African Press International (API)

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JOINT SUMMIT OF EAC, COMESA IS PLANNED IN THE NEAR FUTURE.

Posted by African Press International on October 31, 2007

jaduong-leo.jpg< By our correspondent Leo Odera Omolo

 

31/10/07 API/APN in Kisumu, Kenya: Leaders of the East African Community (EAC) and Southern Africa Development Community (SADC) are planning a summit that will lay the foundation of co-operation between the two regional economic blocs.

The planned summit is also supported by the Common Market for Eastern and Southern Africa (COMESA). This was recently disclosed by COMESA Secretary General Erustus Mwencha, who said the summit participants will discuss ways of co-operation and possible rationalization of the regional economic bloc.

Mr. Mwencha did not elaborate nor gave details of agenda or date of the event. But only hinted that the summit will take place soon.

The process of co-operation has started and will take into account political sensitivities, he said.

Stressing that the rationalization of regional economic communities should be able to assist the continent to resolve some of the problems and challenges it is facing in terms of resources dispersion and inability to consolidate the gains of regional integration.

Mwencha a Kenyan who has been at the helm of COMESA after following in the footsteps of his predecessor Mr. Bingu wa Mutharika a Malawian who later became the President of Malawi also revealed that his organization is at the moment encouraging organization such as the World Food Programme to procure food from the region.

He, however, stressed that the EAC member states should concentrate in achieving economic integration, if they are to have a formidable political and eventually competitive bloc.

The most important thing, said Mr. Mwencha is to get the Customs Union to work and to have economic union, which works because at the moment people dont even know what we are talking about. Personally I would like to see a situation where whatever we do will eventually add up to the five steps supposed to be taken to achieve a full EAC, he added.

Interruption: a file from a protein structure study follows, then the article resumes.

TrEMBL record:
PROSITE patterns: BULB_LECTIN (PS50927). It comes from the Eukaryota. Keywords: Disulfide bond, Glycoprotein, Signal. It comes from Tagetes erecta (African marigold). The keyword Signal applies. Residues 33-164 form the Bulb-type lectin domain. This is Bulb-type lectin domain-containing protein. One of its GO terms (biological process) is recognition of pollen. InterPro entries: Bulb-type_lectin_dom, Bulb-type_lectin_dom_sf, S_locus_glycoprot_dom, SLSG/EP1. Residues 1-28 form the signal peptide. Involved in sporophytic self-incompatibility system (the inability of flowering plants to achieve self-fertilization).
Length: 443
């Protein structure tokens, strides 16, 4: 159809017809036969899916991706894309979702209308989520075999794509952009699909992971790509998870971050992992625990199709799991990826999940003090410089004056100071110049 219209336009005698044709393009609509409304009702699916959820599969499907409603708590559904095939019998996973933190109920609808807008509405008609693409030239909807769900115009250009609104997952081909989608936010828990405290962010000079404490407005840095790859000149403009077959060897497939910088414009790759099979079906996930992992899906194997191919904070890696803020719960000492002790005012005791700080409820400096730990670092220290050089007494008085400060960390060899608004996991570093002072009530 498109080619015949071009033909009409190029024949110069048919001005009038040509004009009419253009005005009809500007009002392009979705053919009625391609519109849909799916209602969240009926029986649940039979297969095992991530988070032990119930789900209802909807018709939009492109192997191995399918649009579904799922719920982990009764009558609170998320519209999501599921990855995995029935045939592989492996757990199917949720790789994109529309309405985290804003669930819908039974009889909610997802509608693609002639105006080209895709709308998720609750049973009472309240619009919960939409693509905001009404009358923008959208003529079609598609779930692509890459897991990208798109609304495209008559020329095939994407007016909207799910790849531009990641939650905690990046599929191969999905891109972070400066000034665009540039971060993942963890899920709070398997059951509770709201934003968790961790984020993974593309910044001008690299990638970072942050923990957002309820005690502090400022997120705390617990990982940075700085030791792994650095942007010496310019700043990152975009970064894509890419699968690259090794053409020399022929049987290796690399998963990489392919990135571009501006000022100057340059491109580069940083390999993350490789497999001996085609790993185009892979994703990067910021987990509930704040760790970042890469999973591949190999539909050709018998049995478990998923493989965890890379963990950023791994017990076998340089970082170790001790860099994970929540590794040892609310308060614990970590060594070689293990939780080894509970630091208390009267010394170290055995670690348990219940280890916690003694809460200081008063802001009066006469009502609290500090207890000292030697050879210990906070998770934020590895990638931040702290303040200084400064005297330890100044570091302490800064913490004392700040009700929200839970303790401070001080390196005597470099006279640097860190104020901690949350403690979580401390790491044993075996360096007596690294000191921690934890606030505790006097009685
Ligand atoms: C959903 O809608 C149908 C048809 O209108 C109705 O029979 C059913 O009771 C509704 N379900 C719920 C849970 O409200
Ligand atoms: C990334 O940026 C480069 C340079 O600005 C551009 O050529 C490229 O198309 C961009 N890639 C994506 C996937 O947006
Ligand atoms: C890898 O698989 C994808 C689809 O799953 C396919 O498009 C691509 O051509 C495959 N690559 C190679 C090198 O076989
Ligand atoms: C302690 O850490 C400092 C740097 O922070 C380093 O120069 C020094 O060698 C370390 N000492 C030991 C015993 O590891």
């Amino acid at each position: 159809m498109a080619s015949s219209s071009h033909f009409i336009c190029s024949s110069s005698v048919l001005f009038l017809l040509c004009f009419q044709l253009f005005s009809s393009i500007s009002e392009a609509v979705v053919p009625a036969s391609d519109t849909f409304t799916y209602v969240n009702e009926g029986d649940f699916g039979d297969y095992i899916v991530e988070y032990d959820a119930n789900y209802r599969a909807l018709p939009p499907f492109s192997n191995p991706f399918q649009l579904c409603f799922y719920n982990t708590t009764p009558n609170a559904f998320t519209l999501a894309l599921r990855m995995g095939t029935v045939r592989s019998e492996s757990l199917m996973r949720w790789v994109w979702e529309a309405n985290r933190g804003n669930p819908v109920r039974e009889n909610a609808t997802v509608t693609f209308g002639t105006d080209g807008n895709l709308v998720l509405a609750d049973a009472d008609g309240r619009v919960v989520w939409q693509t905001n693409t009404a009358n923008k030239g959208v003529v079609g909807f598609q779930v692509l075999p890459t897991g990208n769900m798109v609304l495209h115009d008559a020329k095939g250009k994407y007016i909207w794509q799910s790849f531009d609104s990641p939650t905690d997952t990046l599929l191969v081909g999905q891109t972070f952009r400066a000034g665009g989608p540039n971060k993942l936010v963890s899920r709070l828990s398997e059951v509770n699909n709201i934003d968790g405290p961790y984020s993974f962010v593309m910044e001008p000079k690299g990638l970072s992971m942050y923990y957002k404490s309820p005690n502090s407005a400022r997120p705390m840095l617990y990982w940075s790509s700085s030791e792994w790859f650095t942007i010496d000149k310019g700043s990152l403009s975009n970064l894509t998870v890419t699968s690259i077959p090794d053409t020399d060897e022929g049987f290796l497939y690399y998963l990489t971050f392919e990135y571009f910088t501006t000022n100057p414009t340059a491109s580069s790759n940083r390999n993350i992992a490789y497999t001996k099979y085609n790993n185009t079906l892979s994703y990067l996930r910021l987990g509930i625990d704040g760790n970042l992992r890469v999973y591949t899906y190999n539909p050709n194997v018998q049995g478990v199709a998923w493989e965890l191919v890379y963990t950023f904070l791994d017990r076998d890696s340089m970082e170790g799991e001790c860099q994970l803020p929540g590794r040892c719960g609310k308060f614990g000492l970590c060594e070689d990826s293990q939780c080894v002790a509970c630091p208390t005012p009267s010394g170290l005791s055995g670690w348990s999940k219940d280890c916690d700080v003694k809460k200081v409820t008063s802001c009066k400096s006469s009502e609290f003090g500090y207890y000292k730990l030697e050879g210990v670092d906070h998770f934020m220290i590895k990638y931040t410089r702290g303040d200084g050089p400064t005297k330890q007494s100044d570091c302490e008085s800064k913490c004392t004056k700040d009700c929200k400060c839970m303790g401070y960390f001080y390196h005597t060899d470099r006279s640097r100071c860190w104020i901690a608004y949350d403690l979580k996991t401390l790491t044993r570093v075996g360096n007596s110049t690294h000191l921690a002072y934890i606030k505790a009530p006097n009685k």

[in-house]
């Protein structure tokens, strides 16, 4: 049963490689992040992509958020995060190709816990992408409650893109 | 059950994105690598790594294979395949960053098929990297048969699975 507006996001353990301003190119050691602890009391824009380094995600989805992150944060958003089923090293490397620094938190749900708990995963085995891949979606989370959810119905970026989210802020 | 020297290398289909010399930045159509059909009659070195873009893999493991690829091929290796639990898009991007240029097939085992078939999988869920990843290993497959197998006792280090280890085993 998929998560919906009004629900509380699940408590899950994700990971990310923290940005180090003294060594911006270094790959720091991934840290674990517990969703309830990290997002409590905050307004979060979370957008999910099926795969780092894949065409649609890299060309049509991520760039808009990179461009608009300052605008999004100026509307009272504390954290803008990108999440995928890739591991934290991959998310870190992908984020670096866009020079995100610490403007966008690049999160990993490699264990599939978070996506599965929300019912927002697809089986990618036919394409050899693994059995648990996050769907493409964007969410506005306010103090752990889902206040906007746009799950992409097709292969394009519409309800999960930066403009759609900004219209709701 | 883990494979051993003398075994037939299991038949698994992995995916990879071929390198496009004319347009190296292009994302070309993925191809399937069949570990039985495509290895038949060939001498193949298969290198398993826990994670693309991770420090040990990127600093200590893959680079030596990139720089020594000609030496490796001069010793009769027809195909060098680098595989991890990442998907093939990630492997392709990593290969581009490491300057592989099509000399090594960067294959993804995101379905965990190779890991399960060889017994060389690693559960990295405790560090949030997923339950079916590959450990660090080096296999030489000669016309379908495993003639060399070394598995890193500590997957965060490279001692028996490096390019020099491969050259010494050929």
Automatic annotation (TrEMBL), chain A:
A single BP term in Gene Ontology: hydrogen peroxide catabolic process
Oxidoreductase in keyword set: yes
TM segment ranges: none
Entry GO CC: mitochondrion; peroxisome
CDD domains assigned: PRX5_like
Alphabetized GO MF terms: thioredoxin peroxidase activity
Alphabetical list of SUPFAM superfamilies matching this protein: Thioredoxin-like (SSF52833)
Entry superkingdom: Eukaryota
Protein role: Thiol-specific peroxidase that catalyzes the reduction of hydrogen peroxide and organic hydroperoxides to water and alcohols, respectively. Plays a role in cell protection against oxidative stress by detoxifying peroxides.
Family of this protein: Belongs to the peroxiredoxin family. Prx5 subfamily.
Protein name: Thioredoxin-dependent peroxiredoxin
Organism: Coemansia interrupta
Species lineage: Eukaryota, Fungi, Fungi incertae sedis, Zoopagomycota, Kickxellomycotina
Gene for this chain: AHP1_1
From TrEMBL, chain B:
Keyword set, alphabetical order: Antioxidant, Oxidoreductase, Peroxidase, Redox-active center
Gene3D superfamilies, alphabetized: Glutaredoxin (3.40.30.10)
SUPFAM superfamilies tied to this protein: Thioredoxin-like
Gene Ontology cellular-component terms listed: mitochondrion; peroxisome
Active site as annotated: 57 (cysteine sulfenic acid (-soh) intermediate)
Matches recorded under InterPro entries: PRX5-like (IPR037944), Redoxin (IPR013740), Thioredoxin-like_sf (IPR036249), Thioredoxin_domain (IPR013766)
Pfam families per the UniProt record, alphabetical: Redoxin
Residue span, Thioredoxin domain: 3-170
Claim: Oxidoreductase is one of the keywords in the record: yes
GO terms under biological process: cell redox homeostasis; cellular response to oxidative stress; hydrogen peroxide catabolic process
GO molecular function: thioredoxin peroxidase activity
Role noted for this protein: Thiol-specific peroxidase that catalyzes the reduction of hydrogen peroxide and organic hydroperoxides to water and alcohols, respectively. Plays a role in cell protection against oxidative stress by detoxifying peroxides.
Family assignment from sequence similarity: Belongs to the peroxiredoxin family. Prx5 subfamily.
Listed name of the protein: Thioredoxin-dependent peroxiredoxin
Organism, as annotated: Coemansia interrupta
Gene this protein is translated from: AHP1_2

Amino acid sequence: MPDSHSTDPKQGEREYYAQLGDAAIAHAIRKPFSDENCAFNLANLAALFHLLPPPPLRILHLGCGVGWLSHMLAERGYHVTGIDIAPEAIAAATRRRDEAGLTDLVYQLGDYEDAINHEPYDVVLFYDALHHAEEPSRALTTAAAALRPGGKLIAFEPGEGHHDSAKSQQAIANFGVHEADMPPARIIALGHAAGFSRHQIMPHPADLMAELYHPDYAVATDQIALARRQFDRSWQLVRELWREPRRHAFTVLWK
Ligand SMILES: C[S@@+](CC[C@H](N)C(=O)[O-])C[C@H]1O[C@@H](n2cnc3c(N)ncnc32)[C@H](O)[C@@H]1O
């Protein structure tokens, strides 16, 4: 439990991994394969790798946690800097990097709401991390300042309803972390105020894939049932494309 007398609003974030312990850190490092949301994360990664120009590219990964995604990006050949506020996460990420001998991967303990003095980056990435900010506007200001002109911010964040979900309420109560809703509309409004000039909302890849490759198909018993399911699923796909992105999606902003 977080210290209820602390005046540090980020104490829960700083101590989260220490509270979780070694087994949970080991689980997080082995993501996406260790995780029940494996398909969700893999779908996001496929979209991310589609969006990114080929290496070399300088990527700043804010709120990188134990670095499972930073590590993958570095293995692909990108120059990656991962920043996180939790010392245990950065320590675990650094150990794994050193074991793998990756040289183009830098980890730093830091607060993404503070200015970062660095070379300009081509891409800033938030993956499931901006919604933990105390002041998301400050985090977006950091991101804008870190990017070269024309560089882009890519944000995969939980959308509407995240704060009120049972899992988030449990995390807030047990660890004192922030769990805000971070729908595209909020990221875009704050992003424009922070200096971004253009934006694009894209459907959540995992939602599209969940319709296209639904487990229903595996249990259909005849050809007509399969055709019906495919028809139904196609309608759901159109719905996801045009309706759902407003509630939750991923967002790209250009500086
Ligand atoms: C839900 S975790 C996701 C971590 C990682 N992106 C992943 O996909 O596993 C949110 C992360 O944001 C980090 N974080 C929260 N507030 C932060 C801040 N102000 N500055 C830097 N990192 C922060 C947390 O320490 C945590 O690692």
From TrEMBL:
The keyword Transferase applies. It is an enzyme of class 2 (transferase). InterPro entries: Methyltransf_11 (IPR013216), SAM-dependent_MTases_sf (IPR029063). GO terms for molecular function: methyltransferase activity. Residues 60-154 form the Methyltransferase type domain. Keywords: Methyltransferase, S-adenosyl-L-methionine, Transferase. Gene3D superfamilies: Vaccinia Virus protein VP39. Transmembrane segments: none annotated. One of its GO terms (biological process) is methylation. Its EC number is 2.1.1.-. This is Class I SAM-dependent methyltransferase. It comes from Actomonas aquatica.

The three trade blocs, SADC, EAC and COMESA, from Southern and Eastern Africa are moving closer to align and harmonize trade rules for increased integration.

Last June, during te fifth meeting of the Joint Task Force (JTF) held in Zanzibar and attended by delegates of COMESA, SADC and EAC discussed a joint approach to implement regional telecommunication networks based in the COMESA Comtel Project and the SADC Regional Information Infrastructure Project.

The Zanzibar meeting agreed to hold a joint summit of all COMESA, SADC and EAC member states, customs and infrastructure development.

Other signals that the two blocs could be fast pursuing an integration was the announcement by representatives from the EAC, SADC and COMESA mid last year that they had begun consultations aimed at creating one currency and a common Central Bank by 2025.

The COMESA secretariat based in Lusaka, Zambia is already carrying out consultations on the formation of a tripartite task force to oversee the roadmap to a monetary union. It is also holding consultations with a general aim of harmonizing the regions payment system.

A number of Regional Economic Committees have been organized in the various regions of Africa. However, it is now recognized that there are too many regional integration institution, with the resultant overlap of membership and duplication of mandates.

Sources said the forthcoming EAC and SADC summit also aims at resolving Tanzanias position vis-a vis the two blocs, Tanzania belongs to both SADC and the EAC.

There is overlap of membership in economic communities in the Eastern and Southern African regions to an extent unparalleled anywhere else in the world. The overlap has had bearing on the costs and benefits particularly of deeper integration. Moreover, membership in more than on customs union is technically impossible.

As the economic blocs in Eastern and Southern African region union, member states with multiple memberships at present will have to strike the balance of the costs and benefits of belonging to one or another customs union.

Solely concentrating on terrific and revenue foregone will mean missing out on some of the more fundamental aspect of regional integration.

leooderaomolo@yahoo.com

Published by API/APN africanpress@chello.no tel +4793299739 or +4763002525

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